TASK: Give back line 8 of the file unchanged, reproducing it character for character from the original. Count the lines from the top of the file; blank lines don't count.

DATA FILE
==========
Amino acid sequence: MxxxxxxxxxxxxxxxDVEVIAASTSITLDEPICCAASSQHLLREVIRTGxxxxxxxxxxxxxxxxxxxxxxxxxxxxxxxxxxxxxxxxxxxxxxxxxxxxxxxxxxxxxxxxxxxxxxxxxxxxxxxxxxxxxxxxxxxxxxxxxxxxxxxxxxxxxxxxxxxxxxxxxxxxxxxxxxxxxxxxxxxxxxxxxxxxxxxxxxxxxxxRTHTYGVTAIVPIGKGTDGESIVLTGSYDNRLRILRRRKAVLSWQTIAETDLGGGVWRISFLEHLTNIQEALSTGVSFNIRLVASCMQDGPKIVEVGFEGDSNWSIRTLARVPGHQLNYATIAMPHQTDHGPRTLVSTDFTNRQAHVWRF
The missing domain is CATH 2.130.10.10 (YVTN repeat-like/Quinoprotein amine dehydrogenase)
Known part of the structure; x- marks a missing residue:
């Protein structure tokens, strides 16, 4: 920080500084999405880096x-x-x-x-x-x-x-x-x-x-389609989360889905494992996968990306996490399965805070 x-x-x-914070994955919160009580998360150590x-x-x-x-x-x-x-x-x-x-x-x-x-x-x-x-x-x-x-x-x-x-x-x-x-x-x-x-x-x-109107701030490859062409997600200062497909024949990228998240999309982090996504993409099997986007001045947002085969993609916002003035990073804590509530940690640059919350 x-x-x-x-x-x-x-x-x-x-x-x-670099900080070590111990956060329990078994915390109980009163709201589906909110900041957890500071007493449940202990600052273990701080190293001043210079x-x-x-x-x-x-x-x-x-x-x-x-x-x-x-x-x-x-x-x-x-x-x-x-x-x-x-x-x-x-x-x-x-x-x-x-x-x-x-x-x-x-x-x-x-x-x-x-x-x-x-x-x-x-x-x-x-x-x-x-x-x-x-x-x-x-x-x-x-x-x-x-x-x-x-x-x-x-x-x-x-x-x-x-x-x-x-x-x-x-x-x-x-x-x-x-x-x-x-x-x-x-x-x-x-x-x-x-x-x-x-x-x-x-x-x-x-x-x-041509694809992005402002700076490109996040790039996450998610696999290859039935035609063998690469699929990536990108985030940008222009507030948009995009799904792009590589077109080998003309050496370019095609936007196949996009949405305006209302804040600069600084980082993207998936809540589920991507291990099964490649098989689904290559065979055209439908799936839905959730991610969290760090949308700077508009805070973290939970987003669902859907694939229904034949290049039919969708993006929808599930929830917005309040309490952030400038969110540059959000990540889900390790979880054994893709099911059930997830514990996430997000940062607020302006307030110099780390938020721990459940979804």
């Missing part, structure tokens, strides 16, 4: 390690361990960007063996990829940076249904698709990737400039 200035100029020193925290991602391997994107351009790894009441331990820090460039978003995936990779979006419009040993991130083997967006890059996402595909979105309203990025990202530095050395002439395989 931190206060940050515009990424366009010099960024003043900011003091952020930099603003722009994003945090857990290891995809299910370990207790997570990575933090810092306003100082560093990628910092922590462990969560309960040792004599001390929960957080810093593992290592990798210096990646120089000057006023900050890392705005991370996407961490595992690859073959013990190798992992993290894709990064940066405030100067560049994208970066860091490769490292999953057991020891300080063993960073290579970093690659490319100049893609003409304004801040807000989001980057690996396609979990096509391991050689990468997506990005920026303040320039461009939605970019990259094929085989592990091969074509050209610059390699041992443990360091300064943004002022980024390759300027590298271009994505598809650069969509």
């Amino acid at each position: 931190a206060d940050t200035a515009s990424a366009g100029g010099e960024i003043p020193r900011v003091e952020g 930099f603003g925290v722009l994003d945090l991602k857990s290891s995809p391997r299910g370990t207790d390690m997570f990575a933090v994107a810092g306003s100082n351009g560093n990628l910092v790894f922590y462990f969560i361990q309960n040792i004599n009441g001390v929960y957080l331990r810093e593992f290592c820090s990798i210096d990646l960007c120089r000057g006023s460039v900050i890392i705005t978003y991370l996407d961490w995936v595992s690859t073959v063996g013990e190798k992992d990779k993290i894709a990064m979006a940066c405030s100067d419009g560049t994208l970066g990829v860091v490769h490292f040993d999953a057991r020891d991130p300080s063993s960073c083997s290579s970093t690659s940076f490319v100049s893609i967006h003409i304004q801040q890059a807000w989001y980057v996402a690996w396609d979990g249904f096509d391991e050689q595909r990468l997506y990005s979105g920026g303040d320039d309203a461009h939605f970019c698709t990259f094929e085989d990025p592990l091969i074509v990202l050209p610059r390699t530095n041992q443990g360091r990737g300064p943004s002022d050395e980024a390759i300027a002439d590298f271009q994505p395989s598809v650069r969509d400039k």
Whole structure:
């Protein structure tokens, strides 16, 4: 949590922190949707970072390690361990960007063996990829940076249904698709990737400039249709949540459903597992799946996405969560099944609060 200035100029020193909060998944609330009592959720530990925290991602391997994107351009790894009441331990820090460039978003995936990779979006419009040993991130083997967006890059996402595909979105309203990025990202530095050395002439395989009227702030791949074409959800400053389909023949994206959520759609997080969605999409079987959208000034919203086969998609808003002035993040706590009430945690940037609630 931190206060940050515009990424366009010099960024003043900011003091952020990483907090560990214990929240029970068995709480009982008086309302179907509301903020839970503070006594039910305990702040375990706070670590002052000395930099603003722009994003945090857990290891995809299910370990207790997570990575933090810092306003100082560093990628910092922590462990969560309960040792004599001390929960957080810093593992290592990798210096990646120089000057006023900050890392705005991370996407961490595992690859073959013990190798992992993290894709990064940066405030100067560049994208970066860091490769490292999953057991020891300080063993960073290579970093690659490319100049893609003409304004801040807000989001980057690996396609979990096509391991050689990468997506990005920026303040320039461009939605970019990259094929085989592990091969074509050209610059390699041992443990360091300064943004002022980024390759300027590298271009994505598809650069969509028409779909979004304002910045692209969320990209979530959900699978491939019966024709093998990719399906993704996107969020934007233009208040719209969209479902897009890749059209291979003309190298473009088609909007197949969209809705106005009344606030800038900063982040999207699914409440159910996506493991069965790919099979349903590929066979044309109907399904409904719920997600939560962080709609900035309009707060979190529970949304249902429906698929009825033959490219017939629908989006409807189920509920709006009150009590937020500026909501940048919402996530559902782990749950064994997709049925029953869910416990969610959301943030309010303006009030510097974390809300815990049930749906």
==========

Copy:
């Protein structure tokens, strides 16, 4: 949590922190949707970072390690361990960007063996990829940076249904698709990737400039249709949540459903597992799946996405969560099944609060 200035100029020193909060998944609330009592959720530990925290991602391997994107351009790894009441331990820090460039978003995936990779979006419009040993991130083997967006890059996402595909979105309203990025990202530095050395002439395989009227702030791949074409959800400053389909023949994206959520759609997080969605999409079987959208000034919203086969998609808003002035993040706590009430945690940037609630 931190206060940050515009990424366009010099960024003043900011003091952020990483907090560990214990929240029970068995709480009982008086309302179907509301903020839970503070006594039910305990702040375990706070670590002052000395930099603003722009994003945090857990290891995809299910370990207790997570990575933090810092306003100082560093990628910092922590462990969560309960040792004599001390929960957080810093593992290592990798210096990646120089000057006023900050890392705005991370996407961490595992690859073959013990190798992992993290894709990064940066405030100067560049994208970066860091490769490292999953057991020891300080063993960073290579970093690659490319100049893609003409304004801040807000989001980057690996396609979990096509391991050689990468997506990005920026303040320039461009939605970019990259094929085989592990091969074509050209610059390699041992443990360091300064943004002022980024390759300027590298271009994505598809650069969509028409779909979004304002910045692209969320990209979530959900699978491939019966024709093998990719399906993704996107969020934007233009208040719209969209479902897009890749059209291979003309190298473009088609909007197949969209809705106005009344606030800038900063982040999207699914409440159910996506493991069965790919099979349903590929066979044309109907399904409904719920997600939560962080709609900035309009707060979190529970949304249902429906698929009825033959490219017939629908989006409807189920509920709006009150009590937020500026909501940048919402996530559902782990749950064994997709049925029953869910416990969610959301943030309010303006009030510097974390809300815990049930749906």